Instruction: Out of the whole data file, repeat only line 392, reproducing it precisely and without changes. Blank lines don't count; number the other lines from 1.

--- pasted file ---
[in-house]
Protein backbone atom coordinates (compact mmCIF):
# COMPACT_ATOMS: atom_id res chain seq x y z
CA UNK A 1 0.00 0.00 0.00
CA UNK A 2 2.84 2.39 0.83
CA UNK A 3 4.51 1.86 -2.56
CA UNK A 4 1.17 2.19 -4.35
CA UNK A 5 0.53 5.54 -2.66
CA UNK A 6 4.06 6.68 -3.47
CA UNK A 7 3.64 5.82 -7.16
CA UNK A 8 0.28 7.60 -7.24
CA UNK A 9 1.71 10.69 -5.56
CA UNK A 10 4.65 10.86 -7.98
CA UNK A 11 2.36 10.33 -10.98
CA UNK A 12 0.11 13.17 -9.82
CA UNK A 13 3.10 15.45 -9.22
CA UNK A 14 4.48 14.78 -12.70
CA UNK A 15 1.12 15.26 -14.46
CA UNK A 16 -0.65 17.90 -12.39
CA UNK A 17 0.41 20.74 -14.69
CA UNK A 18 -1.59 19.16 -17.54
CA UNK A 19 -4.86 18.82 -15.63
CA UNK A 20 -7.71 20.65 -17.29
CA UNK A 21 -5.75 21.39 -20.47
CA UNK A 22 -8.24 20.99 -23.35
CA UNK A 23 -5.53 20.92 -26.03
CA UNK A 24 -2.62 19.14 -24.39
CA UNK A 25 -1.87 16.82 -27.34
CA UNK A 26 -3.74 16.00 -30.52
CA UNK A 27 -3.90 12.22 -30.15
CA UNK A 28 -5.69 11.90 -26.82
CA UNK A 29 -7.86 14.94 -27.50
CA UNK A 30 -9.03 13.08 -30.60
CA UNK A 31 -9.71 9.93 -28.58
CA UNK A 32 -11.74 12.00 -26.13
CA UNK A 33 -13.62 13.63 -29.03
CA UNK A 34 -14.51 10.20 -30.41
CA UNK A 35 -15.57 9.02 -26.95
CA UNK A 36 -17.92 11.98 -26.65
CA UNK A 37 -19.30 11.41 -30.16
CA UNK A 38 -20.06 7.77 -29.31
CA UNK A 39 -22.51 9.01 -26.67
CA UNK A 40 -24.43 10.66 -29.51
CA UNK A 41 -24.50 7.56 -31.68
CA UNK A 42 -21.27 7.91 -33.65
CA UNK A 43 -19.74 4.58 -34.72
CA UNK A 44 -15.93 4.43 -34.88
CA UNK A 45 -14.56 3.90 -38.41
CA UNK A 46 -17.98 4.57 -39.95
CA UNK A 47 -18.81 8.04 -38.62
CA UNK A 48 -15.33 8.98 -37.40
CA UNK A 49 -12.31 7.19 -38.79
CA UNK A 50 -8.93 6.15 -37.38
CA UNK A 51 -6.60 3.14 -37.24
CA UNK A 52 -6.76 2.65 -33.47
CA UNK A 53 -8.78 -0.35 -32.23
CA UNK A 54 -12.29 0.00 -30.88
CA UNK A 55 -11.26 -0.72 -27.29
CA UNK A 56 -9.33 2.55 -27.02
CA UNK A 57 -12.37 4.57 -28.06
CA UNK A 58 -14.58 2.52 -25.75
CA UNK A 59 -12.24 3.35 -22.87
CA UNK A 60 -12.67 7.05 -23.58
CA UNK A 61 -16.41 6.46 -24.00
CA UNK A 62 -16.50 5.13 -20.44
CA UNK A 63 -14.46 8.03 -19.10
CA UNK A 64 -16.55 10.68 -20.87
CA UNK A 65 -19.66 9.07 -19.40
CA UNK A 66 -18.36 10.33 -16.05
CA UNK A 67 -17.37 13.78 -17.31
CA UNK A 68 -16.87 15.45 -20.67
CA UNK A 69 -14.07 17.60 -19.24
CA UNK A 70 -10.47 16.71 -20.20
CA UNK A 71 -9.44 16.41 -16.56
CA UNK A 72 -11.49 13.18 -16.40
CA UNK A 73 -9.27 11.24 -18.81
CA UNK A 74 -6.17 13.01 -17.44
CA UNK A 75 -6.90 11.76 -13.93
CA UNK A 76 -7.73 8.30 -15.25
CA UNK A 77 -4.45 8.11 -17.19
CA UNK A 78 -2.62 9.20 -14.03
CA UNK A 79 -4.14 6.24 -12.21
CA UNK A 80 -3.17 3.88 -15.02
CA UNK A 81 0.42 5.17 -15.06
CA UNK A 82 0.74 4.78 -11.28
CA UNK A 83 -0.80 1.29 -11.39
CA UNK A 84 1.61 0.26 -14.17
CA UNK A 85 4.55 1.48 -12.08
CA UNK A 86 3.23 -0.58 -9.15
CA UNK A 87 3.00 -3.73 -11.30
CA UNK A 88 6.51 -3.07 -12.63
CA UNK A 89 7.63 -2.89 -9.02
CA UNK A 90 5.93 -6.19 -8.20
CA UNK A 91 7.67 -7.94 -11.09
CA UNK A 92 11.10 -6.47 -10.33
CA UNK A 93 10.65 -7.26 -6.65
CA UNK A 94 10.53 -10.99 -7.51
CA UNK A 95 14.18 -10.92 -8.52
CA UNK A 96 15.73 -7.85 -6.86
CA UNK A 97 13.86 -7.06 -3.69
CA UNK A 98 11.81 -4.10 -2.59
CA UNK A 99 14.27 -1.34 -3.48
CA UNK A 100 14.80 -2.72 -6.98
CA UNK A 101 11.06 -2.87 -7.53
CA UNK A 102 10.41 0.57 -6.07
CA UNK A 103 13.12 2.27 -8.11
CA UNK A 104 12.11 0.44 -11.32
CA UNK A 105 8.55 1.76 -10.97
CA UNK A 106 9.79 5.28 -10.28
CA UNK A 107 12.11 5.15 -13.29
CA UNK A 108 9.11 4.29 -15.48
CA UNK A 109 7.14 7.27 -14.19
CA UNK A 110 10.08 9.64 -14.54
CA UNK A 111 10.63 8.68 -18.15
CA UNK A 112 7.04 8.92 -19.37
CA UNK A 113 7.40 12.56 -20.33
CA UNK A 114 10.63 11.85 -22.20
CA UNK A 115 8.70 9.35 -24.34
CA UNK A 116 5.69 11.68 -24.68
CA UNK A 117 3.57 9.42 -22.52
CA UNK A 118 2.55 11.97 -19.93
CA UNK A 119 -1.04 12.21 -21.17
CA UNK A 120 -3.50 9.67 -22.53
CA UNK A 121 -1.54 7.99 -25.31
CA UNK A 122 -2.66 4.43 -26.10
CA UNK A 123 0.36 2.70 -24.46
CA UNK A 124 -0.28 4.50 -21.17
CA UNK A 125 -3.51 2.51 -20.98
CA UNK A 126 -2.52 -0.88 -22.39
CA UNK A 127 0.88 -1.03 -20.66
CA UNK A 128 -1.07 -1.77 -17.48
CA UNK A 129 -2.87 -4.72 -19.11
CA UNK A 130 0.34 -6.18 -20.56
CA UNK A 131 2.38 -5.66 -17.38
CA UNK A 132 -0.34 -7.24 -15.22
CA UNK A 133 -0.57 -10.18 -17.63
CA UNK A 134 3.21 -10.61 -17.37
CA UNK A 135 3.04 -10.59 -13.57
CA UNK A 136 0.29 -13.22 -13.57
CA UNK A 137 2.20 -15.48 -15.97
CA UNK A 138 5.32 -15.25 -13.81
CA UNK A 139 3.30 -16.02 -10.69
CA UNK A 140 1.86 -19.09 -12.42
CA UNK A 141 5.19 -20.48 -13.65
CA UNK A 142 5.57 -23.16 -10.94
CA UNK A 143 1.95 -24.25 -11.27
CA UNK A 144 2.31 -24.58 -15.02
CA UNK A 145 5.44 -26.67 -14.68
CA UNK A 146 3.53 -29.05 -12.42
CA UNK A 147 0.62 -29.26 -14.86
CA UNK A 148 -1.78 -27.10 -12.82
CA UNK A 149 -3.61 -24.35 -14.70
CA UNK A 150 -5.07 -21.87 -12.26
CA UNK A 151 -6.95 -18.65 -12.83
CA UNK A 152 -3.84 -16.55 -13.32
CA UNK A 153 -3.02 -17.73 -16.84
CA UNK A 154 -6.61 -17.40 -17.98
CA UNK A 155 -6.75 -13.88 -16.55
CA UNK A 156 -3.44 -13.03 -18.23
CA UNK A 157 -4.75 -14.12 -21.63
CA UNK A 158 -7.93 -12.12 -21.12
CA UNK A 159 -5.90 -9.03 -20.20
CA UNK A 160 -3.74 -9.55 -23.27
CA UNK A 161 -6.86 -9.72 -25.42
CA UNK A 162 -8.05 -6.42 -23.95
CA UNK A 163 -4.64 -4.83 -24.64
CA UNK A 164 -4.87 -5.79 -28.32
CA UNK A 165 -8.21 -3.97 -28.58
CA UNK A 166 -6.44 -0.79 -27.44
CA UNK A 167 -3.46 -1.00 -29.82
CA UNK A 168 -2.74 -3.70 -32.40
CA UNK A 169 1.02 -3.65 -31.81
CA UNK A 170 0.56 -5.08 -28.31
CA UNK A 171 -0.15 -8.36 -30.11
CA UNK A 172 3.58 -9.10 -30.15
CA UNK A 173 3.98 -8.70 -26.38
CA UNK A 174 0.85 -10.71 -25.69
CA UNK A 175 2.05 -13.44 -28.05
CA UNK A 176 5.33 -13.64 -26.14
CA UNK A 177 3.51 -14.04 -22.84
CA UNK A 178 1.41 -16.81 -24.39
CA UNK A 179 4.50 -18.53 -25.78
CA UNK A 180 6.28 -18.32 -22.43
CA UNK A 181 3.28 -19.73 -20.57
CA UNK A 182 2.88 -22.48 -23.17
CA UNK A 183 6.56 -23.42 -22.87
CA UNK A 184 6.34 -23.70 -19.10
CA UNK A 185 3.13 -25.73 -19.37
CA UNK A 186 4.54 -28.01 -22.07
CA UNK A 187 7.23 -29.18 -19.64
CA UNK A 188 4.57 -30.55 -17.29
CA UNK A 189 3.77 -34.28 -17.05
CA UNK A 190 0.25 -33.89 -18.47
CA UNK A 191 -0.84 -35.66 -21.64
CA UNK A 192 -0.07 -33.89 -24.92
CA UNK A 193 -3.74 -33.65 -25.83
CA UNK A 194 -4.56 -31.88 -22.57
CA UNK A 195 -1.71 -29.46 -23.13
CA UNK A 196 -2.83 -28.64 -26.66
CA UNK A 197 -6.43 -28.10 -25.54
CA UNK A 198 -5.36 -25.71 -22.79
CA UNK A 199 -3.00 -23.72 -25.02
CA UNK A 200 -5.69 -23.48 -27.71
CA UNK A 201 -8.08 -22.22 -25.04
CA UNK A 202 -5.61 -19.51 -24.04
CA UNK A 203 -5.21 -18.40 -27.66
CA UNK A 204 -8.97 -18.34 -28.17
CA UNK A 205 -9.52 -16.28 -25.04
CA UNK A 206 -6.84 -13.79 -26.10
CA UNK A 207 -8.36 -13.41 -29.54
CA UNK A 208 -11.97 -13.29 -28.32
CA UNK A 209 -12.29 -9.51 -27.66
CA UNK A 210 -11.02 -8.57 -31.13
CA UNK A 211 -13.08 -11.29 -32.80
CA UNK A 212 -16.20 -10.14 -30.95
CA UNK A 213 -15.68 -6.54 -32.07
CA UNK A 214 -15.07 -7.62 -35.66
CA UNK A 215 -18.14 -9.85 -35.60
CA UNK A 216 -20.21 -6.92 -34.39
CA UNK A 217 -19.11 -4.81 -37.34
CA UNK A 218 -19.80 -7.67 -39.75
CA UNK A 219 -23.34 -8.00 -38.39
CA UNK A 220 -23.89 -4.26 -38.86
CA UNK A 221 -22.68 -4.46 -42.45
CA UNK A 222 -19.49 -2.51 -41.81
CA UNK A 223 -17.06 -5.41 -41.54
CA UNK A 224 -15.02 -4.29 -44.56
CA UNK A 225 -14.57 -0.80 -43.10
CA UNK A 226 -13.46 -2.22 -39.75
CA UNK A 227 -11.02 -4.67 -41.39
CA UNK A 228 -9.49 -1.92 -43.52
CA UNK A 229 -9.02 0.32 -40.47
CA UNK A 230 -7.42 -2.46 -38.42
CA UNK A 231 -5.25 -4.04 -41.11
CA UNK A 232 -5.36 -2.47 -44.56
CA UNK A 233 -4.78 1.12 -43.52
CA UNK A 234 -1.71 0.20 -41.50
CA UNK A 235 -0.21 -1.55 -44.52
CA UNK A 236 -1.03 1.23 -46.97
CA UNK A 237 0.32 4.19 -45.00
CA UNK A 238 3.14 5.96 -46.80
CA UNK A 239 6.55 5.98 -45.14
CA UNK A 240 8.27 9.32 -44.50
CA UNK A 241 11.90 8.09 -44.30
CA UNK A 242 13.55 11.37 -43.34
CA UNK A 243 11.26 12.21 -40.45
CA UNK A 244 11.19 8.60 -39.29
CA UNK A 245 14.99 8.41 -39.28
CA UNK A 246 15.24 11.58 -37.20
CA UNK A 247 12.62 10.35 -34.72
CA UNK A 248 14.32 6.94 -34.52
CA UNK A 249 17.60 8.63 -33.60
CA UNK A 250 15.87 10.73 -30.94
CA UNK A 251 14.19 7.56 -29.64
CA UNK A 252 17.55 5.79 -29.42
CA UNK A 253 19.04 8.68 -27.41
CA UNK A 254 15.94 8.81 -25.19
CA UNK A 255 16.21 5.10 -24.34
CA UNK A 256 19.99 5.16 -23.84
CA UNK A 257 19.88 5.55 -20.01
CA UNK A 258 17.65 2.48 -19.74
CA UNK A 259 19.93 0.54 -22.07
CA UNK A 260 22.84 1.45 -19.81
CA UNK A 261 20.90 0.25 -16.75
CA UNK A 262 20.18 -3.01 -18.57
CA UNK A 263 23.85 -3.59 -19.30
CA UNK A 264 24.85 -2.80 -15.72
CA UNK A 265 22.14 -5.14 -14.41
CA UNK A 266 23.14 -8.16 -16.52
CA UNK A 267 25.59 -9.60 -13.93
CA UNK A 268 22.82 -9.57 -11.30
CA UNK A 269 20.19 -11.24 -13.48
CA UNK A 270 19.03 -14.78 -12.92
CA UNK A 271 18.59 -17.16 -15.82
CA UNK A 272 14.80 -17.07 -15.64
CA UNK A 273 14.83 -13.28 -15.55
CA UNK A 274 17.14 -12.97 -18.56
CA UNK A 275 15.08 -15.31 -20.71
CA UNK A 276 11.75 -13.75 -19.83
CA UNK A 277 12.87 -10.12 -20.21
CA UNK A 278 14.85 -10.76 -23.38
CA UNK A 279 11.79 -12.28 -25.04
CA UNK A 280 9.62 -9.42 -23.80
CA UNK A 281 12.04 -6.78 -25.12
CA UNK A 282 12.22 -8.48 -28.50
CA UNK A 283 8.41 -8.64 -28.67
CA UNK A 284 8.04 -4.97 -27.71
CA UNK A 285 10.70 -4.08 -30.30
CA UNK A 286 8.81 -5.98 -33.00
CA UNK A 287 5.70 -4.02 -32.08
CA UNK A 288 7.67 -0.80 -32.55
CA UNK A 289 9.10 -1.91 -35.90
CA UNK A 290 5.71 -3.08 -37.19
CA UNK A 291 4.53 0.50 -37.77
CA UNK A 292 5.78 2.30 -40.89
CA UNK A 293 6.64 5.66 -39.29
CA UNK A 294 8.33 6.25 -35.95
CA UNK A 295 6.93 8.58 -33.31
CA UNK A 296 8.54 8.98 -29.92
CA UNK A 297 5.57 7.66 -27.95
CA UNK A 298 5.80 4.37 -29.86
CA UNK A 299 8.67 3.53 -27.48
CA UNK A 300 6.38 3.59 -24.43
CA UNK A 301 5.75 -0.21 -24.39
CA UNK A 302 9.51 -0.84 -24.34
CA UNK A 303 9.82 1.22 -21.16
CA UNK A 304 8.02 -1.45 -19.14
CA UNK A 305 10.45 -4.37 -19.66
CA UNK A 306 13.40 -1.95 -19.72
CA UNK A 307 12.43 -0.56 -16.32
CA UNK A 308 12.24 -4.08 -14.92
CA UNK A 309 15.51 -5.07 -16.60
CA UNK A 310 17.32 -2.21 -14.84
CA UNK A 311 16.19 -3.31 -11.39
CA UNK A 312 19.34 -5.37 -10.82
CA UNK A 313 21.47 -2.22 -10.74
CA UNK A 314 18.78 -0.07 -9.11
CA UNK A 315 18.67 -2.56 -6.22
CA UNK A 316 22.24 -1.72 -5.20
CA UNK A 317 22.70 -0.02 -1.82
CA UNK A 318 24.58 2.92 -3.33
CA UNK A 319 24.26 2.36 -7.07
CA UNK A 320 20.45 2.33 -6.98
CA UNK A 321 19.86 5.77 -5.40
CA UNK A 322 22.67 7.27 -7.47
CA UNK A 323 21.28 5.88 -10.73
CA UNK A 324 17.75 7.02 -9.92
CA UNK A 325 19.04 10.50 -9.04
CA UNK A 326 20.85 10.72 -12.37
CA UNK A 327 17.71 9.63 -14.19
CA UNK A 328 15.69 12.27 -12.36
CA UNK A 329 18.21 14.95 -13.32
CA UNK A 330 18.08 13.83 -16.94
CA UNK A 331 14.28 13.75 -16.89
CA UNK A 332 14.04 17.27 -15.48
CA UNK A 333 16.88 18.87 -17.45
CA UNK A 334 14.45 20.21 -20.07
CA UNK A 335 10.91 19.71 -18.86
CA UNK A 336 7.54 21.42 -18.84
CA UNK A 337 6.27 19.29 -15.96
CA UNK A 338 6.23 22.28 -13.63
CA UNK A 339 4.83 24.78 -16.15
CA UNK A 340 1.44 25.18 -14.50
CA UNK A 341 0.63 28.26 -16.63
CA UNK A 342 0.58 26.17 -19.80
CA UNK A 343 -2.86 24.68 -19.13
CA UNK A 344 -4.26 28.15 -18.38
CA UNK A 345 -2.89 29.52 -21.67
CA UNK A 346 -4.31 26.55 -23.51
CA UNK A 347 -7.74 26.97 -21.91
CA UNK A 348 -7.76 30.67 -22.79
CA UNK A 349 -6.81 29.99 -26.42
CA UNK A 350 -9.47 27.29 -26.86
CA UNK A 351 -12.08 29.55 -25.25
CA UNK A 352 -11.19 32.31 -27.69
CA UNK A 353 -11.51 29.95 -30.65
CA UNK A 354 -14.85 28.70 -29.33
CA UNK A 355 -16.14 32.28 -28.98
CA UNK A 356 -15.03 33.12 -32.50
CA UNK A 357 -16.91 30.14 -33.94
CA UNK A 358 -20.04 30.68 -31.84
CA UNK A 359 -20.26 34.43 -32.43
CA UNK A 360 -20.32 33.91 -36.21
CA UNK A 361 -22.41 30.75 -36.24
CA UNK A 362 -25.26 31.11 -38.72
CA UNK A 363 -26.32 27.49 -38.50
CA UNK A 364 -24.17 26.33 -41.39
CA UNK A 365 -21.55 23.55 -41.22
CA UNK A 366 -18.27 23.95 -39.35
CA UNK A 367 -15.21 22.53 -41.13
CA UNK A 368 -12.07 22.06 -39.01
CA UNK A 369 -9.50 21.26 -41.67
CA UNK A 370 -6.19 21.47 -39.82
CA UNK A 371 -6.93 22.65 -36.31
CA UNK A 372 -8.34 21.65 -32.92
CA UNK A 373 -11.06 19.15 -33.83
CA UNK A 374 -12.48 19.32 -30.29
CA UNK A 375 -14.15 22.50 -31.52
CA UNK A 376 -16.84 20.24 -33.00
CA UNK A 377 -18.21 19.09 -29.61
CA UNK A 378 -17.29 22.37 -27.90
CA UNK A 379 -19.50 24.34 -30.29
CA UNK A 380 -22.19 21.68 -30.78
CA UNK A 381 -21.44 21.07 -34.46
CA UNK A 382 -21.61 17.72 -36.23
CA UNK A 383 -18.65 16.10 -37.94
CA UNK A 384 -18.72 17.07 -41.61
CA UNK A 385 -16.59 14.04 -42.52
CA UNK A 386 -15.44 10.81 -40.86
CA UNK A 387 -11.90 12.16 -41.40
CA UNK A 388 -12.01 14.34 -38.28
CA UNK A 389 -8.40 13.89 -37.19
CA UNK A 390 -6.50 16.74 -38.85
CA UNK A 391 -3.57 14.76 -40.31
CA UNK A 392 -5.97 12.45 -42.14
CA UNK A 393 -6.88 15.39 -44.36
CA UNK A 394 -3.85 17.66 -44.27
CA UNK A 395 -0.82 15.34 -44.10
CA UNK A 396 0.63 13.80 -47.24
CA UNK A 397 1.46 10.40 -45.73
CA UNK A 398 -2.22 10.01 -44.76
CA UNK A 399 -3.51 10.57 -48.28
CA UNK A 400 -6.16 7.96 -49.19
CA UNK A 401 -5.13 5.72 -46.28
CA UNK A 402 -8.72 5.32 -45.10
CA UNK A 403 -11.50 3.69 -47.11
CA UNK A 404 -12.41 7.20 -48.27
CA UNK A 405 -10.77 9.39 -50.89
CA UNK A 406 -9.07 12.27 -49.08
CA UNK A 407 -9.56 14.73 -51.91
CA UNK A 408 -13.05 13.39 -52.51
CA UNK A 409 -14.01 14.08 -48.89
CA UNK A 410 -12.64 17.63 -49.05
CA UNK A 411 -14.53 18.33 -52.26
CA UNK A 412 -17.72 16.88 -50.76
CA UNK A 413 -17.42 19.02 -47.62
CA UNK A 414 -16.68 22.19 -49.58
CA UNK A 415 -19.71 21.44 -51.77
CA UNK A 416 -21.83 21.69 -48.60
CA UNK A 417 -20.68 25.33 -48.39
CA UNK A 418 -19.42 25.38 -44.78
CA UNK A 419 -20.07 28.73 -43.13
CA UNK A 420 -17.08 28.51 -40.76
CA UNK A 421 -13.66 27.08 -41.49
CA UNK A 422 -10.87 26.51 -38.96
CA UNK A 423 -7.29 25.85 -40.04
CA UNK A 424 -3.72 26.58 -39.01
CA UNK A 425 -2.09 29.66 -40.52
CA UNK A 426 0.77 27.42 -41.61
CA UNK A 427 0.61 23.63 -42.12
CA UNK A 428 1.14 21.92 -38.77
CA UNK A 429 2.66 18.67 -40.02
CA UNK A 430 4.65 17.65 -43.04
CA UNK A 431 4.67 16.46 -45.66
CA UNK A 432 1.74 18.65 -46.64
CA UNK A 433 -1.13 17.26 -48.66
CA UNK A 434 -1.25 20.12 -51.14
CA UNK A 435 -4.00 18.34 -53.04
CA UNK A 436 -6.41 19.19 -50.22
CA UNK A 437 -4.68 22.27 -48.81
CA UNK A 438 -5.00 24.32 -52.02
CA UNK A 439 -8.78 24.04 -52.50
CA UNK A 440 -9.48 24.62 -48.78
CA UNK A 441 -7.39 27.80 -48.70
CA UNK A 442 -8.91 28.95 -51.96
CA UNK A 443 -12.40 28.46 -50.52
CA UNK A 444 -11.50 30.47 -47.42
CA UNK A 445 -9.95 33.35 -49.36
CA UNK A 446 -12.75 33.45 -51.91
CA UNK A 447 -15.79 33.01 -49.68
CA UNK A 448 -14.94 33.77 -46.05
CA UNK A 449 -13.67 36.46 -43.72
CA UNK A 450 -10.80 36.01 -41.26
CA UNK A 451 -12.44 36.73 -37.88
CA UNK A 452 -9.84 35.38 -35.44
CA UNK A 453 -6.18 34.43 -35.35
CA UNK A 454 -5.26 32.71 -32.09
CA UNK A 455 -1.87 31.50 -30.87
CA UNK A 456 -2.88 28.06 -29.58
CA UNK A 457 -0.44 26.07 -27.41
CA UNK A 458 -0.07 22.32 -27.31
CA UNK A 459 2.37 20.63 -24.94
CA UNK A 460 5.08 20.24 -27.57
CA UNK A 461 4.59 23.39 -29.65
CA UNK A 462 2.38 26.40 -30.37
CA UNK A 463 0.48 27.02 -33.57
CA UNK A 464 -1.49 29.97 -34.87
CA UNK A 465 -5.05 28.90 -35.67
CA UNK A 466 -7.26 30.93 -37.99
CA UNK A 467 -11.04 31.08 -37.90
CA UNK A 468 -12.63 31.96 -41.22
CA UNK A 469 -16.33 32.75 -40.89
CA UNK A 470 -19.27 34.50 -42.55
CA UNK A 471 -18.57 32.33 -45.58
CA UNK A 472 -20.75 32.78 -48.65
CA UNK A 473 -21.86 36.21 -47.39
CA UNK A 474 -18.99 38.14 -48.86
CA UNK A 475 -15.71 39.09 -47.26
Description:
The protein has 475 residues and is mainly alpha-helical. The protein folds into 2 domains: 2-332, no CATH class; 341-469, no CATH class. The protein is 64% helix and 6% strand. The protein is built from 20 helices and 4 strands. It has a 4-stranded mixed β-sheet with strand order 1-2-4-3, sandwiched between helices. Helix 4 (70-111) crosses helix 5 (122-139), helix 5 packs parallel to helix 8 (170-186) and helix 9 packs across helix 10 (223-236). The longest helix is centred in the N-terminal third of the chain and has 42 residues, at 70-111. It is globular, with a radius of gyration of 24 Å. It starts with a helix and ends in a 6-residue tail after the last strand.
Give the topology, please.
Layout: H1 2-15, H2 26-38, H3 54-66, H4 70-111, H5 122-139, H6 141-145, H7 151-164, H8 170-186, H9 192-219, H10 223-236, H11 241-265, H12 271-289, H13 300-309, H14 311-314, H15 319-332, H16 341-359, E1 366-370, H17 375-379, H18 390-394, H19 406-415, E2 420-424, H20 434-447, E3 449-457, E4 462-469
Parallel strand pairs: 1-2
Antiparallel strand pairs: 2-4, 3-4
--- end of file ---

CA UNK A 389 -8.40 13.89 -37.19